Newly revised N.C. A&T biosafety guide
The N.C. A&T Office of Research Compliance and Ethics has released a new edition of “Biological and Biohazardous Materials Safety Guide For Researchers,” the university’s comprehensive guide to biosafety.
The guide is available on the university website. It covers roles and responsibilities; biosafety requirements; biosafety levels; accidents, exposures,and spill response; and biohazardous waste pick-up.
Biosafety on campus is a joint responsibility of the university’s Biosafety Officer, Dr. Tonya Hargett, and the Office of Environmental Health and Safety, headed by Ms. Louisa Thomas.
Dr. Diedrich Schmidt, N.C. A&T Department of Physics
Dr Diedrich Schmidt and two-co-authors have been named winners of an annual competition for the best scientific paper including results and images acquired with a WITec microscope system. From WITec:
“This year the award goes to Diedrich A. Schmidt, North Carolina A&T State University, USA, Taisuke Ohta and Thomas E. Beechem both from the Sandia National Laboratories, Albuquerque, New Mexico, USA for their paper: ‘Strain and charge carrier coupling in epitaxial graphene,’ Phys. Rev. B 84, 235422 (2011). The paper was submitted by Prof. Diedrich Schmidt who will additionally receive a 500 Euro Amazon Gift card. Diedrich A. Schmidt most recently took a position as an Assistant Professor of Nanophysics at the North Carolina A&T State University and was formerly a member of the Physical Chemistry Department at Ruhr-University Bochum, Germany (Prof. Havenith-Newen) where he did parts of the work presented in the paper.”
The paper can be found here (subscription required). Details on the award are here.
A good longread for the weekend: a profile of astrophysicist Neil deGrasse Tyson:
“Tyson graduated from Bronx High School of Science in 1976 and went to Harvard. He wrestled, tutored prisoners in math, and studied astrophysics. In his sophomore year, he was talking with a fellow black student, a senior who was about to start a Rhode scholarship. The senior was appalled to hear Tyson talk about astrophysics. “Blacks in America do not have the luxury of your intellectual talents being wasted on astrophysics,” he declared.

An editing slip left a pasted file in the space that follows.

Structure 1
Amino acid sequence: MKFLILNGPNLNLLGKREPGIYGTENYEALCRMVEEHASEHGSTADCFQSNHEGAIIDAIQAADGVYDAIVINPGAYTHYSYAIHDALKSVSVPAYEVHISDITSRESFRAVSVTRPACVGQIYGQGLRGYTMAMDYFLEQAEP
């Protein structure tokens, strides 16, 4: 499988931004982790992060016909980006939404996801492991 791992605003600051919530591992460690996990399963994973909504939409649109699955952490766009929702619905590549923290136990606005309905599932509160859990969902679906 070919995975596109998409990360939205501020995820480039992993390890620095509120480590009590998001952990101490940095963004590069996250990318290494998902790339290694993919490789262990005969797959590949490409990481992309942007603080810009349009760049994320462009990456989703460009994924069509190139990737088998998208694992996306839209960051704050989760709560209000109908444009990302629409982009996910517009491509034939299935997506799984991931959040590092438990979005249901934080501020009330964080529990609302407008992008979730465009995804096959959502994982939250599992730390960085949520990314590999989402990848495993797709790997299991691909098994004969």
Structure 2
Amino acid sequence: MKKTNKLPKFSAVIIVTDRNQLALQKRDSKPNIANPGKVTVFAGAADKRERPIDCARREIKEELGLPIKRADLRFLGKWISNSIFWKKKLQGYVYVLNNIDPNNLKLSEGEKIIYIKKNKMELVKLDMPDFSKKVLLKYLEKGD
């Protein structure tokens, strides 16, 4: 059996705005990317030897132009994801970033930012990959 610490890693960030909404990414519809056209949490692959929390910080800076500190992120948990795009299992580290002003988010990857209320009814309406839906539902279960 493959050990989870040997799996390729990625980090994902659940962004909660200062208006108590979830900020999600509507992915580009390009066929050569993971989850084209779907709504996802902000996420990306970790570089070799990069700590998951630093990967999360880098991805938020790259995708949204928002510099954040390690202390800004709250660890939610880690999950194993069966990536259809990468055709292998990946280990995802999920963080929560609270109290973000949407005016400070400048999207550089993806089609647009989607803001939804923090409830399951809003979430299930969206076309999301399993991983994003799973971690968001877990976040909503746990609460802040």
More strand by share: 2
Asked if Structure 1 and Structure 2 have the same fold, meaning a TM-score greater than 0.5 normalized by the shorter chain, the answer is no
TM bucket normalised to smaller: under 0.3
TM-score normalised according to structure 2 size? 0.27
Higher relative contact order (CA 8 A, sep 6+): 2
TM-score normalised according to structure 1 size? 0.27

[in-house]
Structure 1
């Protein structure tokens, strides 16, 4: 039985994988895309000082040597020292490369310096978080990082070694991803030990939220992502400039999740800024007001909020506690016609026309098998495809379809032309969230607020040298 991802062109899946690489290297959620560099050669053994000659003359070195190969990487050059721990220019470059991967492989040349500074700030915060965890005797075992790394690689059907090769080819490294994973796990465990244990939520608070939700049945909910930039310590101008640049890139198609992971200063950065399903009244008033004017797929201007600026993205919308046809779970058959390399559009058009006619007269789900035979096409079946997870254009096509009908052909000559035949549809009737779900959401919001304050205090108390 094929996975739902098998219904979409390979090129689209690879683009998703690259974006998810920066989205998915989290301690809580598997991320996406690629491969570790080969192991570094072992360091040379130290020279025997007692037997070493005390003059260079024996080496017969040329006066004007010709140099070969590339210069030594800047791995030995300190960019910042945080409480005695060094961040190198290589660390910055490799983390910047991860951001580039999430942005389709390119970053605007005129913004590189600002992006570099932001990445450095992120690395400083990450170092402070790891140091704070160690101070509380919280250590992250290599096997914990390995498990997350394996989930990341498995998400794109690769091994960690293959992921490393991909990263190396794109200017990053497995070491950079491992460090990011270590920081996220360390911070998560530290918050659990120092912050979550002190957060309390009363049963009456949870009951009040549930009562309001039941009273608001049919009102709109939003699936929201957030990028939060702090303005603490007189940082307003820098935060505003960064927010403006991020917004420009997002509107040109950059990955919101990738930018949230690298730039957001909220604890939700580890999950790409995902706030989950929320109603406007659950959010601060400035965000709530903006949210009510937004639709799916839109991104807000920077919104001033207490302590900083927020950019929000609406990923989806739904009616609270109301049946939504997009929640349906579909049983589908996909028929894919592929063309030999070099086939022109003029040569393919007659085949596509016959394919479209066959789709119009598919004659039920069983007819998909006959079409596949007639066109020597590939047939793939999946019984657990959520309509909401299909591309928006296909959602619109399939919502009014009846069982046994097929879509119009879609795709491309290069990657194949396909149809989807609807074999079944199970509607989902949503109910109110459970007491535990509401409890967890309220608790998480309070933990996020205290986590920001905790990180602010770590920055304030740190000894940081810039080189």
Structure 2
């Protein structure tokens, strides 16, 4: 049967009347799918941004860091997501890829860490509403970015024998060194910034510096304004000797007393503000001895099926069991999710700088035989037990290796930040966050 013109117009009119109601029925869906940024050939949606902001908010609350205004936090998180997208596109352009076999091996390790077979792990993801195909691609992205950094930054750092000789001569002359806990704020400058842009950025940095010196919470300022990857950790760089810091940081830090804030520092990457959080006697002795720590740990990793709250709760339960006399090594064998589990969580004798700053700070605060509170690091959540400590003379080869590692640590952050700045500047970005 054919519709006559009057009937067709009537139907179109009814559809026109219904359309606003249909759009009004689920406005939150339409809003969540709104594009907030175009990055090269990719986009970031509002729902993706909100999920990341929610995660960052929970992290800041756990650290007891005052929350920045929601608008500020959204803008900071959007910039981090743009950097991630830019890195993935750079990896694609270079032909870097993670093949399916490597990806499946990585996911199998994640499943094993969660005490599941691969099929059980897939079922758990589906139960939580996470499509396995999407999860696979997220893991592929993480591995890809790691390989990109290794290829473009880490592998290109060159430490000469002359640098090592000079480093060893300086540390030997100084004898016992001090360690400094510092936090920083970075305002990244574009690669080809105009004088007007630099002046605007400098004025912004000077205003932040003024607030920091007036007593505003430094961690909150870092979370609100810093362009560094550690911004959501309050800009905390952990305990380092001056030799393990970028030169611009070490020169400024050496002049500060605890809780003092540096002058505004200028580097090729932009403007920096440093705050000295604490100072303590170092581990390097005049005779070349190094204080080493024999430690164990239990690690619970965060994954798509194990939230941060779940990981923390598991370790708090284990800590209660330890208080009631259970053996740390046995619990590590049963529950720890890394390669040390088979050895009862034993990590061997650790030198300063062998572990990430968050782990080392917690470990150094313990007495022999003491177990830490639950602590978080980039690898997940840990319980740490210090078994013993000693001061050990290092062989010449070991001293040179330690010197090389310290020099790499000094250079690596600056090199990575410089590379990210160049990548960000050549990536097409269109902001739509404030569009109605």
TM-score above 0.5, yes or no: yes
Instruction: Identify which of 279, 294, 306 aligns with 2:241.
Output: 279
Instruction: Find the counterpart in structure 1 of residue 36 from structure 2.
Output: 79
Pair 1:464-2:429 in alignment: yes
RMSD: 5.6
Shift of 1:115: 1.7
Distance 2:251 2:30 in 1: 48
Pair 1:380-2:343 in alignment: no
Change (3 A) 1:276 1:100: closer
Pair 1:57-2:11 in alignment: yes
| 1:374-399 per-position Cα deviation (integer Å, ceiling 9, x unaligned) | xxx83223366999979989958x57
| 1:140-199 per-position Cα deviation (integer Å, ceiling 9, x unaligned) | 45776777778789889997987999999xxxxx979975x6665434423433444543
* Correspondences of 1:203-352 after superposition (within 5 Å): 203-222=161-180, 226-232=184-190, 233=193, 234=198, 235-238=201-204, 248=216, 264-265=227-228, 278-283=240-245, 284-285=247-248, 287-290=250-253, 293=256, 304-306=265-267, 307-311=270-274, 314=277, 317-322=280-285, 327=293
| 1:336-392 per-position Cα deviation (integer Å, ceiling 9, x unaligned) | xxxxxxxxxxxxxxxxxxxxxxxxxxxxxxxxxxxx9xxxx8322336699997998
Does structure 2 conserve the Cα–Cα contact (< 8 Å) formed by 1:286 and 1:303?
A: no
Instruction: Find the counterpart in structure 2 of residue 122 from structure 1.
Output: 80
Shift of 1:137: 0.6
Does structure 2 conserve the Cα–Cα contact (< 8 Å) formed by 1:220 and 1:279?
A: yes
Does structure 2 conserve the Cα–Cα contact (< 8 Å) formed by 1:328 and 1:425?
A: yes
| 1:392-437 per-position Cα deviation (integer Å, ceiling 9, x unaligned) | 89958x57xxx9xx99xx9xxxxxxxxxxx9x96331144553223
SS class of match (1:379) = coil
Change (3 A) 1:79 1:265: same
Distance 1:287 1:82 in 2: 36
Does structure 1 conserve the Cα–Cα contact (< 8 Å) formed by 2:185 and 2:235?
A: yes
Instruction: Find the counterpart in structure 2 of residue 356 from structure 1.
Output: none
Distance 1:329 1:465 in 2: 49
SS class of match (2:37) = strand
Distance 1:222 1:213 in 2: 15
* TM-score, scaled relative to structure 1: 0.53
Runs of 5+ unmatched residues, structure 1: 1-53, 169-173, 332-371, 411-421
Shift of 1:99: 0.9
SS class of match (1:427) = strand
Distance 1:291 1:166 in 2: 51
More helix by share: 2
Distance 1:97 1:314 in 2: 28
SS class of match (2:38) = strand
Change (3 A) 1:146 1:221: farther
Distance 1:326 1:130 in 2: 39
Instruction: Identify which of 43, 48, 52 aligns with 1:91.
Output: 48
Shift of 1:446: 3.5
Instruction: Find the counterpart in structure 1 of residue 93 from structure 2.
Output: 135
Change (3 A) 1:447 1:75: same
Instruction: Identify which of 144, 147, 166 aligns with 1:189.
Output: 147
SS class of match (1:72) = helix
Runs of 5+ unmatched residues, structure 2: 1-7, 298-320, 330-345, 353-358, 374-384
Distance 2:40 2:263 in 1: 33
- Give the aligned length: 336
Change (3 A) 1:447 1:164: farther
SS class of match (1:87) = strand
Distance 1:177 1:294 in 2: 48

“It was as if Tyson had been stung by a hornet. The stinger buried itself so deep inside him that it took nine years to work its way out. By then, Tyson was finishing his Ph.D. in astrophysics at Columbia. During graduate school, he became the department’s go-to person when reporters called to ask about something weird in the sky. He began answering questions readers sent to StarDate magazine. One day, a satellite recorded explosions on the surface of the sun, and a local television station asked Tyson if he would talk about it on camera. After the filming, he went home and watched himself on television. It was the first time he could recall ever seeing a black scientist speaking as an expert on American television. His college shame fell away.”
N.C. A&T student Lillian Barfield and two partners from UNC Wilmington are among the finalists for the Emerging Issues Prize for Innovation. The object of the competition is to come up with an idea to increase North Carolina’s high school graduation rate. There are separate categories for college students and high school students.
Barfield and her colleagues’ idea, as reported by the Star-News of Wilmington:
“The students created the Wilmington Community Digital Storytelling Collaboration, which gives iPads and digital cameras to middle schoolers who are at risk of dropping out to get them to tell a story. The middle schoolers are also paired with community members and UNCW students.“
The prize is sponsored by the Emerging Issues Forum at N.C. State University. Online voting is under way through Monday February 6. The winners will receive $5,000 and will be announced Tuesday at the annual Emerging Issues Forum.